The Greatest Lover: Beheaded Male

Praying mantis, Mantis Religiosa, is known for its insatiable appetite of all the hunting ogres of the insect world. They not only hunt other species for food, they also engage in sexual cannibalism where female devours male during courtship or after copulation.

Female mantis would normally seize the male and begin to eat his head and thorax. Even without a head, the male managed to clamber onto the back of the female and successfully copulate with her. With the remains of the thorax and abdomen, the male stayed attached to the female for several hours. Eventually the male would relax his clasp on the female, who finished her meal, leaving only the wings and harder pieces of chitin behind. Surprisingly, during this process the male actually showed great sexual excitement. Milius (1999) in her “Who’s Dying for Sex?” showed Michael R. Maxwell’s observation on the distinct difference in mating duration between two male praying mantises, one with a head and the other without. The former mates for 4 hours on the average while the latter can mate up to 24 hours.

WOW! So how can the headless male not be the greatest lover to the female?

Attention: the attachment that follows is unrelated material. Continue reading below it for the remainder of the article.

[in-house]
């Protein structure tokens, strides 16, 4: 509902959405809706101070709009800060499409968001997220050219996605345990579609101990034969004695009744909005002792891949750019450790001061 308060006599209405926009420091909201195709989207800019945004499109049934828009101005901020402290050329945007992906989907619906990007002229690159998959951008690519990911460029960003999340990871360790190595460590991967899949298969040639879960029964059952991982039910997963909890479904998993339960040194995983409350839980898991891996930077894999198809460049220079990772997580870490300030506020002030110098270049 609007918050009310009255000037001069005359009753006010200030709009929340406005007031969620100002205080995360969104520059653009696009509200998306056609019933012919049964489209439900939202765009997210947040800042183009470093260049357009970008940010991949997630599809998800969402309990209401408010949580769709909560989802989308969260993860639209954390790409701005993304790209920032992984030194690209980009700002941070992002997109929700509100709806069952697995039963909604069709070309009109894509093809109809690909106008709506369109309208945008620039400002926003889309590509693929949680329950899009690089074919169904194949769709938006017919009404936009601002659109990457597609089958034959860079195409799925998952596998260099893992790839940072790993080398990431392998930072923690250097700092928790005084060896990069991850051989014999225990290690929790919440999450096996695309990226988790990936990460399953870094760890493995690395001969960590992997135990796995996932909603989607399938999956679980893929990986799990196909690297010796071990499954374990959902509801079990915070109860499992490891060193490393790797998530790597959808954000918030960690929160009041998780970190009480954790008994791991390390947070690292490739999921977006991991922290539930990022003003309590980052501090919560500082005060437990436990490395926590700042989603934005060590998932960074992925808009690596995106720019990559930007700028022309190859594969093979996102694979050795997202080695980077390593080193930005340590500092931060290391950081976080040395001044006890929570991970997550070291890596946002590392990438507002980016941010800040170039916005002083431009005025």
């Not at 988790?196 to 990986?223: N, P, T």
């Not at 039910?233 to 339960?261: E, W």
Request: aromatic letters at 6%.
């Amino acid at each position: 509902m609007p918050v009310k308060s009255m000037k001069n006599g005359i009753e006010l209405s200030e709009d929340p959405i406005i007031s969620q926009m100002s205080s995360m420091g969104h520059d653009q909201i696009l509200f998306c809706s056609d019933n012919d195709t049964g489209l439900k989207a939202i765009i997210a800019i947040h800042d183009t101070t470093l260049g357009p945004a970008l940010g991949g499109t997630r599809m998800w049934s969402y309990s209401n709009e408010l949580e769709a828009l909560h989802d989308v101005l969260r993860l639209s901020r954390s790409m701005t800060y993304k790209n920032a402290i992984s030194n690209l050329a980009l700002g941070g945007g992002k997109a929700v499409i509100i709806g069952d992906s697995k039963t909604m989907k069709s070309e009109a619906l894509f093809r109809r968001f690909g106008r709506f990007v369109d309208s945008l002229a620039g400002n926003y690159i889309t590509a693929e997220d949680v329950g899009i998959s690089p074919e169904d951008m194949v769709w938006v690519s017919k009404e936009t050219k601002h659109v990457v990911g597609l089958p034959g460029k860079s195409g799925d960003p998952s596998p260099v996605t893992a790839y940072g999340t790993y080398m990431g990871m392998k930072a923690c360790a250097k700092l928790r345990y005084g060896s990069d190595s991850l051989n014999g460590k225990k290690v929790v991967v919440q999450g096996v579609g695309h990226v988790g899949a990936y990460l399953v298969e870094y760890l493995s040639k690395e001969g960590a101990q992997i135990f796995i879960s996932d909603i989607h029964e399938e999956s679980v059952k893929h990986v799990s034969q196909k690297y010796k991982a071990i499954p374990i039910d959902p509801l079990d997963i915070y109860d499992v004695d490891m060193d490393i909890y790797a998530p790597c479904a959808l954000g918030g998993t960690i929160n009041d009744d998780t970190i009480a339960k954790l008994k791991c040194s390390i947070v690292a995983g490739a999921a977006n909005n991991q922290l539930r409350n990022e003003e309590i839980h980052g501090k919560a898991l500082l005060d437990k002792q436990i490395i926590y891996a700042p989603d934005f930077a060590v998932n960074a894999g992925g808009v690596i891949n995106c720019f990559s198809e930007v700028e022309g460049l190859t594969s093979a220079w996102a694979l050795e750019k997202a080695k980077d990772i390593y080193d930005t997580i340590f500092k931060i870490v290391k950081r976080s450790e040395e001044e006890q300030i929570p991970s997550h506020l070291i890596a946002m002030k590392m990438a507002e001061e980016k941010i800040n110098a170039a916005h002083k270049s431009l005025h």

Now the question is why does headless male praying mantis still able to mate?

In mantids, copulatory movements are regulated by masses of nerve tissue in the abdomen instead of the brain. Males mate more efficiently when decapitated as its head has a nerve center that inhibits mating until a female grasps it. When this nerve is removed, it resulted in a loss of control and repeated copulation occurred. Therefore, male continues to copulate while he is being devoured and perhaps, more aggressively!

To me, this is definitely a classic example in which killing the male helps to stimulate reproductive act, isn’t it?



“Headless Males Make Great Lovers and Other Unusual Natural Histories” by Marty Crump. University of Chicago Press, 2005. URL: (accessed on 1st April 2010).


Milius, S. (1999, November 13). Who’s Dying for Sex?. Science News.  156(20): 312 – 314.

Roeder, K. D. (1935, October). An Experimental Analysis of the Sexual Behavior of the Praying Mantis (Mantis religiosa L.). Biological Bullentin. 69(2): 203 – 220.


“Female praying mantis eats male after mating” by dissogtg. YouTube Channel, 9th July 2006. URL: (accessed on 1st April 2010)